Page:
Q. I have a good friend who works as a construction supervisor. As part of his job he is required to drive from job site to job site during the day. His employer used to offer gas cards to all supervisors but recently revoked them as part of a cost cutting effort. Since he is no longer reimbursed for gas, is he entitled to reimbursement for mileage at the standard IRS rate? His employer says “No”; I’m wondering if there are any legal obligations?
Again, this is not mileage from his home to job sites (which I assume is just considered normal commuting) – it’s mileage between job sites during the work day. Any insights on this would be much appreciated! Thank you.
A. Even with Skype, webinar tools, phone, and emails, there are still a number of jobs which require travel to multiple locations during the work day. As the price of gas continues to climb, we can expect more questions about what is considered business mileage, whether or not it will be reimbursed by employers, and at what rate.
Employers and employees are best served when details regarding important employment practices are in writing. Everyone needs to have visibility into what the employers practice is regarding business mileage, and how employees are treated when being asked to travel during the business day. For organizations where business mileage is a regular occurrence, or even a response to a business crisis, employees need to be knowledgeable about the appropriate compensation due.
Philip Gordon, President of The Massachusetts Employment Lawyers Association, an experienced employment attorney, and the Managing Partner of the Gordon Law Group, LLP, and Nancy Richards-Stower who won a verdict of approximately $500,000 in a wrongful termination suit for a returning Iraq veteran offered their expertise on this question.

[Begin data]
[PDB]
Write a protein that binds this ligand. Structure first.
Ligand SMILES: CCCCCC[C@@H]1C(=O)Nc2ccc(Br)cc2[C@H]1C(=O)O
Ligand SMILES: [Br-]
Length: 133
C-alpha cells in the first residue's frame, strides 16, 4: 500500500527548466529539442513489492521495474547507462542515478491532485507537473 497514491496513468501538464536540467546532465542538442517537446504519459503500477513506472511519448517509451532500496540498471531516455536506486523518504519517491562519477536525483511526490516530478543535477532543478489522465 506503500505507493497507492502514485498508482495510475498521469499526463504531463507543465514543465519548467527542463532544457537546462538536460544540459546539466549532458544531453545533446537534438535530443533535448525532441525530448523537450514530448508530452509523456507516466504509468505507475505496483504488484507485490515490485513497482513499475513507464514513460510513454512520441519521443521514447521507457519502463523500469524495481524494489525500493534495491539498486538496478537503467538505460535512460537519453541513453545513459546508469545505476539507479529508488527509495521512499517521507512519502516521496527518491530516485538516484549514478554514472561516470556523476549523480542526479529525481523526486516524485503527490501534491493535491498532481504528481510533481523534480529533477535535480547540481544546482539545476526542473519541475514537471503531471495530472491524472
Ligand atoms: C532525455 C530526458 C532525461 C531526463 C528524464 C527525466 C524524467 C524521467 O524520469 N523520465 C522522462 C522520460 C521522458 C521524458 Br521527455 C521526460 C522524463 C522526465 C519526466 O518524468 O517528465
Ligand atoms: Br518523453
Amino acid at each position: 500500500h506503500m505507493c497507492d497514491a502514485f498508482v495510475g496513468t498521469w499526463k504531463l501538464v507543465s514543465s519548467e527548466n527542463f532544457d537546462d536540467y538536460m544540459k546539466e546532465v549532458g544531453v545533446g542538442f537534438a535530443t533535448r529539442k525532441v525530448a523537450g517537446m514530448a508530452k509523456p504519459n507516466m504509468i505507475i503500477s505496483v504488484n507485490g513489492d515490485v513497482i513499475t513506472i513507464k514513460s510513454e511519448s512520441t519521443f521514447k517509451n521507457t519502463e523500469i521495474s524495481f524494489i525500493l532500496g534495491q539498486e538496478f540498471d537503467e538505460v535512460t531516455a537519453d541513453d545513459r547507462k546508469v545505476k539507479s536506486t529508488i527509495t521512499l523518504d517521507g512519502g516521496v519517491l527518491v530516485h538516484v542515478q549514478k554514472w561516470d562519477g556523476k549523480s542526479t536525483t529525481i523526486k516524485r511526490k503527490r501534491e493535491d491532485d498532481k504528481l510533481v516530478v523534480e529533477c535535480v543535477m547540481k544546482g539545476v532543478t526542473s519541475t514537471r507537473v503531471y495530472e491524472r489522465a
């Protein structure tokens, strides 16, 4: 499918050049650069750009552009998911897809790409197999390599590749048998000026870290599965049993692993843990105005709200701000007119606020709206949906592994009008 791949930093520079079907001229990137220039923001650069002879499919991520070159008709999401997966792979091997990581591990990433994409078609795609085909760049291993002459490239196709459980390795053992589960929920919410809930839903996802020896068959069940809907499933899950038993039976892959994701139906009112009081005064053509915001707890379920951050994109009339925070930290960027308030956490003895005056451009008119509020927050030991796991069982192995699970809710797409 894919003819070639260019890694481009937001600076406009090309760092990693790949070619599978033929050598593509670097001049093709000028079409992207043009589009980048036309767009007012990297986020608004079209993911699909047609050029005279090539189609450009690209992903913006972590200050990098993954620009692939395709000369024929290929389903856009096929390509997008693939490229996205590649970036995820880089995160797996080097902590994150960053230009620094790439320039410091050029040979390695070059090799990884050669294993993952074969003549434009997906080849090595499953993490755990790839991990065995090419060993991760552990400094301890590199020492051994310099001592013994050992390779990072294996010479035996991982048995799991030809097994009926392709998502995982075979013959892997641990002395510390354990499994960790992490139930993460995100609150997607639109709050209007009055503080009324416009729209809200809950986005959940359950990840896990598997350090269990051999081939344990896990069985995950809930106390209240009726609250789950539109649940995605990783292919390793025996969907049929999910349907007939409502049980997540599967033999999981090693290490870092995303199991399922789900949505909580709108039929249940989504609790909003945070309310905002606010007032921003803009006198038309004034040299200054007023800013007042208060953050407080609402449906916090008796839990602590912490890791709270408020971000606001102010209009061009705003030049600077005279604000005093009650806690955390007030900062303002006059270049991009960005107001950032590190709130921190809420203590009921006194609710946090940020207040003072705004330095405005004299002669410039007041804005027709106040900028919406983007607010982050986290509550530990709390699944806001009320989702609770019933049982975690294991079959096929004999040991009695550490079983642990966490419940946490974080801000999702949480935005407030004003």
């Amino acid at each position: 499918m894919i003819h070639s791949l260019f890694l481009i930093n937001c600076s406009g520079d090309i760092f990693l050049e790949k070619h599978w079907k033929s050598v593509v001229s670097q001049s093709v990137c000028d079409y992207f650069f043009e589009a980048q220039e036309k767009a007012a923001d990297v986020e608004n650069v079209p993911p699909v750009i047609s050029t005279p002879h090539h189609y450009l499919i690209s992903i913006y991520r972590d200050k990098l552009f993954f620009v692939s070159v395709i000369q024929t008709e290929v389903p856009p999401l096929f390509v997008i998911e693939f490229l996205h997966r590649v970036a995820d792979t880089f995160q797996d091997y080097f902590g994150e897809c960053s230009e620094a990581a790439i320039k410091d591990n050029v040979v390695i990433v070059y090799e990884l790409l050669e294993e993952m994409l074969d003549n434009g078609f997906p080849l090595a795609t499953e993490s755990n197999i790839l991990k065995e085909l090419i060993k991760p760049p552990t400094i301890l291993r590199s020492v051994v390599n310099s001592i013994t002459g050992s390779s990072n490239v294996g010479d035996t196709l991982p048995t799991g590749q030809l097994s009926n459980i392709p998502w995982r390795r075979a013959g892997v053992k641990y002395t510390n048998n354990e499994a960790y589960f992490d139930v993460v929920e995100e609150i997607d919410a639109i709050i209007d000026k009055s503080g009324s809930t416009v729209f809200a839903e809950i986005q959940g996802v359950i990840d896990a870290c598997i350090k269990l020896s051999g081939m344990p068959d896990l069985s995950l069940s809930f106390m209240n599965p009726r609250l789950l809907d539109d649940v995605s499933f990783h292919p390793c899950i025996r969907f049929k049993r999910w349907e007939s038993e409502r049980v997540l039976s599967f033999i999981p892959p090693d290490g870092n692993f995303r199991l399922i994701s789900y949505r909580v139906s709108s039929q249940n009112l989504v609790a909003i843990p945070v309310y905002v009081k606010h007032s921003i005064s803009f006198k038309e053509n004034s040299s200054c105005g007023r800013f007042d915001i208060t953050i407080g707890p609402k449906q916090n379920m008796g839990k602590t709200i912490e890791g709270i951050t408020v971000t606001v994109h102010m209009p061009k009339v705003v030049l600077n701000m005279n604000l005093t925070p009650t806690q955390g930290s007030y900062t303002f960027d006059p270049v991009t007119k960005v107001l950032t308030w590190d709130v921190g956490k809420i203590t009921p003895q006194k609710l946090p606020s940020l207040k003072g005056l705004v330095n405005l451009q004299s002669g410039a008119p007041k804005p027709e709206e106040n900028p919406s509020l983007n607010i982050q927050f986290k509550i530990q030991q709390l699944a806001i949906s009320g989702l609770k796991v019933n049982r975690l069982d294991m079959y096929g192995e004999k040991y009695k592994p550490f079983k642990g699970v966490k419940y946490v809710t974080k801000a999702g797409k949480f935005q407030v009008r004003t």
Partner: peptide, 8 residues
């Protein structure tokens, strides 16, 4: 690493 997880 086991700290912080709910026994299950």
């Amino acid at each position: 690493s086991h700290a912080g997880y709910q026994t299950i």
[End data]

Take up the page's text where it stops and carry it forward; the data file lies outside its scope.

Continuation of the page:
“An employee required or directed to travel from one place to another after the beginning of or before the close of the work day shall be compensated for all travel time and shall be reimbursed for all transportation expenses. An employer’s failure to compensate for all travel time and travel expenses amounts to a failure to pay wages. An employee who proves that his/her employer failed to pay wages, which in this scenario would be the unreimbursed travel expenses, is entitled to recover a mandatory award of treble damages (i.e., three times the amount of unreimbursed travel expenses in dispute), the costs of the litigation, and reasonable attorneys’ fees.”
In any employee/employer dispute, a thoughtful discussion is always the best place to start. If your friend is not being reimbursed for his travel expenses, he should bring this information to his employers’ attention. Perhaps his employer is not aware of the responsibility, and this new awareness will encourage a change in practice. If an employee believes he/she is owed travel expenses, prior to filing in court, a complaint must be filed with the Fair Labor Division of the Massachusetts Attorney General’s Office. The Attorney General’s Office will authorize you to file your claim with a court after 90 days has elapsed. A court claim must be filed within three years of the first instance of non-payment.